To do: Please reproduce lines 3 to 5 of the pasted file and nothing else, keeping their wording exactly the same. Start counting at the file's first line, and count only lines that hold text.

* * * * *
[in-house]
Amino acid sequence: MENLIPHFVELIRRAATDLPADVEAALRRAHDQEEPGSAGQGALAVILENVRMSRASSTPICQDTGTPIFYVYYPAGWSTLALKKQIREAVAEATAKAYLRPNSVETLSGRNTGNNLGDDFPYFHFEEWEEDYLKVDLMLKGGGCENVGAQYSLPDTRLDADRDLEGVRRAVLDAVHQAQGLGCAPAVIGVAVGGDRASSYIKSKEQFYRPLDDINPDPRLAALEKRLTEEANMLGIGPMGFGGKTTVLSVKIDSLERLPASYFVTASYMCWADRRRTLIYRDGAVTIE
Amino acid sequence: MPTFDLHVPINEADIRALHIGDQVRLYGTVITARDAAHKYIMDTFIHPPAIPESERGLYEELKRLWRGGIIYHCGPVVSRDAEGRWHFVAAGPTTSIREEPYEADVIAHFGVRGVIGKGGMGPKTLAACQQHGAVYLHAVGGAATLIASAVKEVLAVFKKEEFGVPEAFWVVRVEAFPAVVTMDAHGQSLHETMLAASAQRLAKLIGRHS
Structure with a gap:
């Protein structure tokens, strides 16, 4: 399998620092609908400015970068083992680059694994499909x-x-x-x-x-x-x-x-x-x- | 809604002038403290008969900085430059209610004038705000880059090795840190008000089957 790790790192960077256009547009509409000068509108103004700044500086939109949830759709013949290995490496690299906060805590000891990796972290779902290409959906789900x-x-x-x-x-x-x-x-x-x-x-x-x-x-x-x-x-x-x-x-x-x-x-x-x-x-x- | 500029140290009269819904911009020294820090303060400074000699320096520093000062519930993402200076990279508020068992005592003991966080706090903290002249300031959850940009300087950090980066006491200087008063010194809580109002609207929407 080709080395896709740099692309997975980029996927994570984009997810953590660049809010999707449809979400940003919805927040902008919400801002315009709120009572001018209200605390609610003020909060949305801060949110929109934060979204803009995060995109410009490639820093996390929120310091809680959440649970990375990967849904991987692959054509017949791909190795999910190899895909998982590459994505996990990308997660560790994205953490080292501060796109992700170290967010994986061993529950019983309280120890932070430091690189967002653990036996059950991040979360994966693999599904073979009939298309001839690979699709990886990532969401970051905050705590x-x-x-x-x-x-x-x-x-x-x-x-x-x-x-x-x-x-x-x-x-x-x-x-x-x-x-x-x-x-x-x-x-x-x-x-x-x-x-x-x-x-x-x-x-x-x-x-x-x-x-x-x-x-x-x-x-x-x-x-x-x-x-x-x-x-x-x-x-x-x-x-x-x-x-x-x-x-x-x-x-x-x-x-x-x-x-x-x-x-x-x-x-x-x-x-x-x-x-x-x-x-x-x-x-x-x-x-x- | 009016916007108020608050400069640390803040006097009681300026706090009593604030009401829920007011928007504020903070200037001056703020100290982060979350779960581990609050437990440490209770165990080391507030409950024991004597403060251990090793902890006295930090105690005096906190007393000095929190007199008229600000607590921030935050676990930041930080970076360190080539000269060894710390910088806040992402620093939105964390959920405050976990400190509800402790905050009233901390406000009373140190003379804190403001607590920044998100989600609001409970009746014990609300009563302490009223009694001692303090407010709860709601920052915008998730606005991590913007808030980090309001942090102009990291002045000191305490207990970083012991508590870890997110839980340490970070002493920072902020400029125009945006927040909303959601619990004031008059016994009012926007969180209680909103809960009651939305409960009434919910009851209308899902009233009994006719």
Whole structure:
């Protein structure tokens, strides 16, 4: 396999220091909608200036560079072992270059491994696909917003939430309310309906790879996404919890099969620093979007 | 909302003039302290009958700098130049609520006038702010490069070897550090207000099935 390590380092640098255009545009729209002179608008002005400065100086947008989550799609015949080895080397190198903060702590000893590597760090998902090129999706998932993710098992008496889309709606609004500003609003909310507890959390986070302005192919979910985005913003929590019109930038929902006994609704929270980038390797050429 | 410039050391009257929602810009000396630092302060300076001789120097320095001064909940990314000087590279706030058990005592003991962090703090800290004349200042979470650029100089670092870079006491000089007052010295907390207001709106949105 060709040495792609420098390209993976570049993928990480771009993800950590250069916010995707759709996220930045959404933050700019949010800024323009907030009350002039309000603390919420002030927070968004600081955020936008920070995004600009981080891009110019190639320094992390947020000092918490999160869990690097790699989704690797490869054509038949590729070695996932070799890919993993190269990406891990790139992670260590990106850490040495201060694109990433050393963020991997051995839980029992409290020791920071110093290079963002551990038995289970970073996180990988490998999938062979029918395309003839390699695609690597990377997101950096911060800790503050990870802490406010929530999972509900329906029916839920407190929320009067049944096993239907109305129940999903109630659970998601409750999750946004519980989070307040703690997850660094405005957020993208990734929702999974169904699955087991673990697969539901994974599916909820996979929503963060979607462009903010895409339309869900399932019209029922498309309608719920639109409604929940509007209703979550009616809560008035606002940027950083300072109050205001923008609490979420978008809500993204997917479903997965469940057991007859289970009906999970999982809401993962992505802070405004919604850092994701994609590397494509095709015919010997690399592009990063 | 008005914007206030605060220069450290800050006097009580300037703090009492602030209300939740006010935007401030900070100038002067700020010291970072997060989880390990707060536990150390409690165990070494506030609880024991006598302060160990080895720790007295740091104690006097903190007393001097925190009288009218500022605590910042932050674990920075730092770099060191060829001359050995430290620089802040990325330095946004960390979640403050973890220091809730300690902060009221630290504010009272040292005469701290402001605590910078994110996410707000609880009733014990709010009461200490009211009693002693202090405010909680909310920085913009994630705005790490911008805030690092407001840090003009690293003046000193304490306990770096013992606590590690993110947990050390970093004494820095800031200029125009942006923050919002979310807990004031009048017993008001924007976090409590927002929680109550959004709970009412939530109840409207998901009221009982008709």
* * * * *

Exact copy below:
Amino acid sequence: MPTFDLHVPINEADIRALHIGDQVRLYGTVITARDAAHKYIMDTFIHPPAIPESERGLYEELKRLWRGGIIYHCGPVVSRDAEGRWHFVAAGPTTSIREEPYEADVIAHFGVRGVIGKGGMGPKTLAACQQHGAVYLHAVGGAATLIASAVKEVLAVFKKEEFGVPEAFWVVRVEAFPAVVTMDAHGQSLHETMLAASAQRLAKLIGRHS
Structure with a gap:
């Protein structure tokens, strides 16, 4: 399998620092609908400015970068083992680059694994499909x-x-x-x-x-x-x-x-x-x- | 809604002038403290008969900085430059209610004038705000880059090795840190008000089957 790790790192960077256009547009509409000068509108103004700044500086939109949830759709013949290995490496690299906060805590000891990796972290779902290409959906789900x-x-x-x-x-x-x-x-x-x-x-x-x-x-x-x-x-x-x-x-x-x-x-x-x-x-x- | 500029140290009269819904911009020294820090303060400074000699320096520093000062519930993402200076990279508020068992005592003991966080706090903290002249300031959850940009300087950090980066006491200087008063010194809580109002609207929407 080709080395896709740099692309997975980029996927994570984009997810953590660049809010999707449809979400940003919805927040902008919400801002315009709120009572001018209200605390609610003020909060949305801060949110929109934060979204803009995060995109410009490639820093996390929120310091809680959440649970990375990967849904991987692959054509017949791909190795999910190899895909998982590459994505996990990308997660560790994205953490080292501060796109992700170290967010994986061993529950019983309280120890932070430091690189967002653990036996059950991040979360994966693999599904073979009939298309001839690979699709990886990532969401970051905050705590x-x-x-x-x-x-x-x-x-x-x-x-x-x-x-x-x-x-x-x-x-x-x-x-x-x-x-x-x-x-x-x-x-x-x-x-x-x-x-x-x-x-x-x-x-x-x-x-x-x-x-x-x-x-x-x-x-x-x-x-x-x-x-x-x-x-x-x-x-x-x-x-x-x-x-x-x-x-x-x-x-x-x-x-x-x-x-x-x-x-x-x-x-x-x-x-x-x-x-x-x-x-x-x-x-x-x-x-x- | 009016916007108020608050400069640390803040006097009681300026706090009593604030009401829920007011928007504020903070200037001056703020100290982060979350779960581990609050437990440490209770165990080391507030409950024991004597403060251990090793902890006295930090105690005096906190007393000095929190007199008229600000607590921030935050676990930041930080970076360190080539000269060894710390910088806040992402620093939105964390959920405050976990400190509800402790905050009233901390406000009373140190003379804190403001607590920044998100989600609001409970009746014990609300009563302490009223009694001692303090407010709860709601920052915008998730606005991590913007808030980090309001942090102009990291002045000191305490207990970083012991508590870890997110839980340490970070002493920072902020400029125009945006927040909303959601619990004031008059016994009012926007969180209680909103809960009651939305409960009434919910009851209308899902009233009994006719």